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Much has changed in Fernando Torres’ career over the last seven years. Just over six years ago he scored the winner for Spain in the European Championship final and was regarded as arguably the best striker in world football. After a hugely successful spell at Liverpool, he moved to Chelsea where his career began to destabilize and he has now, following a brief spell at AC Milan returned to his beloved Atletico Madrid to resurrect his struggling career.
It was fourteen years ago that El Nino made his debut for Los Rojiblancos and his return to the club saw the Vicente Calderon Stadium full to capacity to welcome him home. Cynically, it has been viewed as merely a publicity stint to cheer up supporters following the departures of Costa, Courtois and Felipe last summer. However, to even consider that as option you would be underestimating their coach Diego Simeone and one would be foolish in the extreme to do that.
Too many years have gone by now for Torres’ downward spiral to be fully reversed. The lethal speed that made him so feared by defenders throughout the continent has diminished and the free scoring player everyone witnessed at Liverpool has all but faded. What he does still possess though is experience and the knowhow to offer Atleti other options.
When Simeone brought Mario Mandzukic in as Costa’s replacement it was a clear like for like replacement in terms of physical attributes; both are strong with and without possession, both have good aerial presence and both players are good finishers. There is however one subtle difference; Costa is much quicker across the ground than his Croatian counterpart. For all of Atleti’s wonderful pressing and quick counterattacking, it was the Spanish striker’s pace that enabled them to stretch games.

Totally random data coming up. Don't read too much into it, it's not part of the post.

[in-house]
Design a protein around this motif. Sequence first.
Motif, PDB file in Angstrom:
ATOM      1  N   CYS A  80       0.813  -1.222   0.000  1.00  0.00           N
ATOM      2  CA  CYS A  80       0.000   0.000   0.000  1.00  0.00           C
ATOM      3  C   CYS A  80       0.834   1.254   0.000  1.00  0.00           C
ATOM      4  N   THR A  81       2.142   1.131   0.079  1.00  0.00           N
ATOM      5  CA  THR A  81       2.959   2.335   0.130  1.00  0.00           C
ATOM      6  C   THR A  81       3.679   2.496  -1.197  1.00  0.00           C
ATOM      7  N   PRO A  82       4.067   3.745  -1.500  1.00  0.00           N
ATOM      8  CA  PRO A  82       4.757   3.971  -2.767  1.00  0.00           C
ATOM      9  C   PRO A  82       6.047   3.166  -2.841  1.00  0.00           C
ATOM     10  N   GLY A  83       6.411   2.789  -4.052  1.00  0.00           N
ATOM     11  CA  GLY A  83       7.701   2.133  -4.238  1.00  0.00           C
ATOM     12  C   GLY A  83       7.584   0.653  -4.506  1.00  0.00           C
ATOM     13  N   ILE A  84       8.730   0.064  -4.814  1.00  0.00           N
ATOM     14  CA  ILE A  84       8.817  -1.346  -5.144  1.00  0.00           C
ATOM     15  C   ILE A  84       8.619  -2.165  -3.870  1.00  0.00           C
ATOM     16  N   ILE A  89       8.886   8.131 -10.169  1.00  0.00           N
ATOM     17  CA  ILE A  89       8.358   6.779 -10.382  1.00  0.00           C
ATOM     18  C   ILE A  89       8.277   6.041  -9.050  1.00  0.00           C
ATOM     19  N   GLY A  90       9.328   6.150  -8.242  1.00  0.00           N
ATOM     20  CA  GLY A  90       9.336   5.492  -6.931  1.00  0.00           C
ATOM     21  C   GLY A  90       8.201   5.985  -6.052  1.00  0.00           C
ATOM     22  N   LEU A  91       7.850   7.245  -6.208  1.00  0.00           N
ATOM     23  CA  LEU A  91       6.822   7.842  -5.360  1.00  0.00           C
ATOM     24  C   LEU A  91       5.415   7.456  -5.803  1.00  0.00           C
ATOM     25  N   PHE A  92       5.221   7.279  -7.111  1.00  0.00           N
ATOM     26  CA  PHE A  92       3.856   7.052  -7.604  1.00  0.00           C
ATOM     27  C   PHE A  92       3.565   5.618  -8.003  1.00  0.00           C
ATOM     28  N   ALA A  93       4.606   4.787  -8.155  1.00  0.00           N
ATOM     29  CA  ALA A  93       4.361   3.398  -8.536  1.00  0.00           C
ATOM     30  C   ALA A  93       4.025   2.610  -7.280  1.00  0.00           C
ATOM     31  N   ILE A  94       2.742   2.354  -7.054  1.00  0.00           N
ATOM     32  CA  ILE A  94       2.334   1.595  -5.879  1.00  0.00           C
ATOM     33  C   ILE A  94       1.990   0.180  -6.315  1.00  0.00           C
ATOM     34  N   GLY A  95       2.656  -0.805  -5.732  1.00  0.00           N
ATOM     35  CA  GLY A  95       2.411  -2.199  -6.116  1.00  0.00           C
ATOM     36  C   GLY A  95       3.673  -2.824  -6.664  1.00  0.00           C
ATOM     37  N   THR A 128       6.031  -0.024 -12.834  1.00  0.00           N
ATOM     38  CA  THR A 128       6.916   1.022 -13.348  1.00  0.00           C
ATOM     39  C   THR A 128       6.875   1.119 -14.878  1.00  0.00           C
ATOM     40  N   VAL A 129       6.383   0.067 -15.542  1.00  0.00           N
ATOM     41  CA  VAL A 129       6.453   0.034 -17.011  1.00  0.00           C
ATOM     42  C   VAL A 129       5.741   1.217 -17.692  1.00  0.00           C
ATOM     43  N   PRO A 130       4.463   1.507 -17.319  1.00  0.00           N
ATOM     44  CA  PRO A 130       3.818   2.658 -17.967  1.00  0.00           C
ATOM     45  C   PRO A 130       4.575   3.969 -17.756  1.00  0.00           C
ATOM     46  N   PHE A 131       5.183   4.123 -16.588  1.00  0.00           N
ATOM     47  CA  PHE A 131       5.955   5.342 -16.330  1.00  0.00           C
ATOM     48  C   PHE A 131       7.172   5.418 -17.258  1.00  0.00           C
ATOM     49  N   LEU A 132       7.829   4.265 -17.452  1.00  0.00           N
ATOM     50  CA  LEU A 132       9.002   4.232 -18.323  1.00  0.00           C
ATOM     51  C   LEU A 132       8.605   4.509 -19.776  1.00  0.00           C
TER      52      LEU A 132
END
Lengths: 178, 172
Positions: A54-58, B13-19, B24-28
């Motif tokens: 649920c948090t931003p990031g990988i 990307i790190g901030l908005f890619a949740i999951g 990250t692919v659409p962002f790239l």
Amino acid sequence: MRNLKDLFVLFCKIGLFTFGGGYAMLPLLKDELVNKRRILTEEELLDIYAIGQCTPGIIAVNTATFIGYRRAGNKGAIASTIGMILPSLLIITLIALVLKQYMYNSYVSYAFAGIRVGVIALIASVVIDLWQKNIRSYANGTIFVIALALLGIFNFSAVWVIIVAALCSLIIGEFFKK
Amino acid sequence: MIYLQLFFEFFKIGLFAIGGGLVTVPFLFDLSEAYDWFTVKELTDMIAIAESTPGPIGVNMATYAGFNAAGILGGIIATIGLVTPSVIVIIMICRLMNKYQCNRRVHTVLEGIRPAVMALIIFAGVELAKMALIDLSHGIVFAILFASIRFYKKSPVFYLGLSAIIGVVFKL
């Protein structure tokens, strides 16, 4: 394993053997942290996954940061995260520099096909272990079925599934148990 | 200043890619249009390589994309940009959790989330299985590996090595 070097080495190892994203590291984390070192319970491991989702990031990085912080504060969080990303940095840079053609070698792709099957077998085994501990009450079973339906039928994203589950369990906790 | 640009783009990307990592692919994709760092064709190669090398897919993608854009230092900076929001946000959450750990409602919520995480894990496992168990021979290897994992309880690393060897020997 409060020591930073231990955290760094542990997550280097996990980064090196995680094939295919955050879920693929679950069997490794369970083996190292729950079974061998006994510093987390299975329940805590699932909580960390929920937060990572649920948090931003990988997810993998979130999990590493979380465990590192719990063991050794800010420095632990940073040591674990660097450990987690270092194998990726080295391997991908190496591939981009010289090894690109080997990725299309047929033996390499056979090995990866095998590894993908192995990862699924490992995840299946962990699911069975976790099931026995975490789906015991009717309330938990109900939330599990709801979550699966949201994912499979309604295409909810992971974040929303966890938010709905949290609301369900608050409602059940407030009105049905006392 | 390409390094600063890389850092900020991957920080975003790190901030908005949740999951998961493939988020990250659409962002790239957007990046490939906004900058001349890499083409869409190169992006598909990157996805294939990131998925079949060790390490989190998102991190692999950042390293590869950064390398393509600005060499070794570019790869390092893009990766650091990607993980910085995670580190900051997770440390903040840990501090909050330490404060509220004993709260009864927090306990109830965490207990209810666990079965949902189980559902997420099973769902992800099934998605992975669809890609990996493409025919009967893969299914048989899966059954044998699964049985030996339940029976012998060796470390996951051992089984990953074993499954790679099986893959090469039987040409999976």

Whilst this season has not exactly started badly, the reliance on Mandzukic to perform to a high level in every game will be harder and harder at this point in the season. What Torres’ addition to the side also brings is a return to being able to stretch teams more. Alongside Griezmann there is then serious pace that most defences will struggle to contain.
One of Costa’s primary sources of the ball around the opposition penalty area last season was Koke and this season he has not been quite as devastating in the final third. During the recent Copa del Rey victory over city neighbours Real Madrid, it was noticeable that Torres’ presence in the team had been a real positive for Koke’s game. Finally, he was able to break the defensive lines and look to play beyond their opponent again. He was clipping balls into space for Torres, which hurt Real’s defensive unit and Atleti won the tie quite comfortably in the end.
It is hard to pinpoint exactly what went wrong for Torres and seemingly even harder for him to reverse. He does however remain a good player first and foremost and, despite his killer instinct deserting him, he should still return with a few crucial goals before the end of the season. His two goals against Real were not vintage Torres, but they demonstrated that he will enhance this side rather than hinder it.
One of the key aspects of a successful coach is the ability to rebuild a side and attempt to retain a certain style. Simeone rebuilt well over the summer, but noticed something that was missing and has addressed it incredibly smartly. Not only has Torres’ return been popular with the fans, players and club as a whole it has also given the side a dynamism they were lacking.
Some may have viewed this transfer as sentimentality, but it is clear that it is far from it.
Written by Andy Hunter
Follow Andy on Twitter @hunter67980
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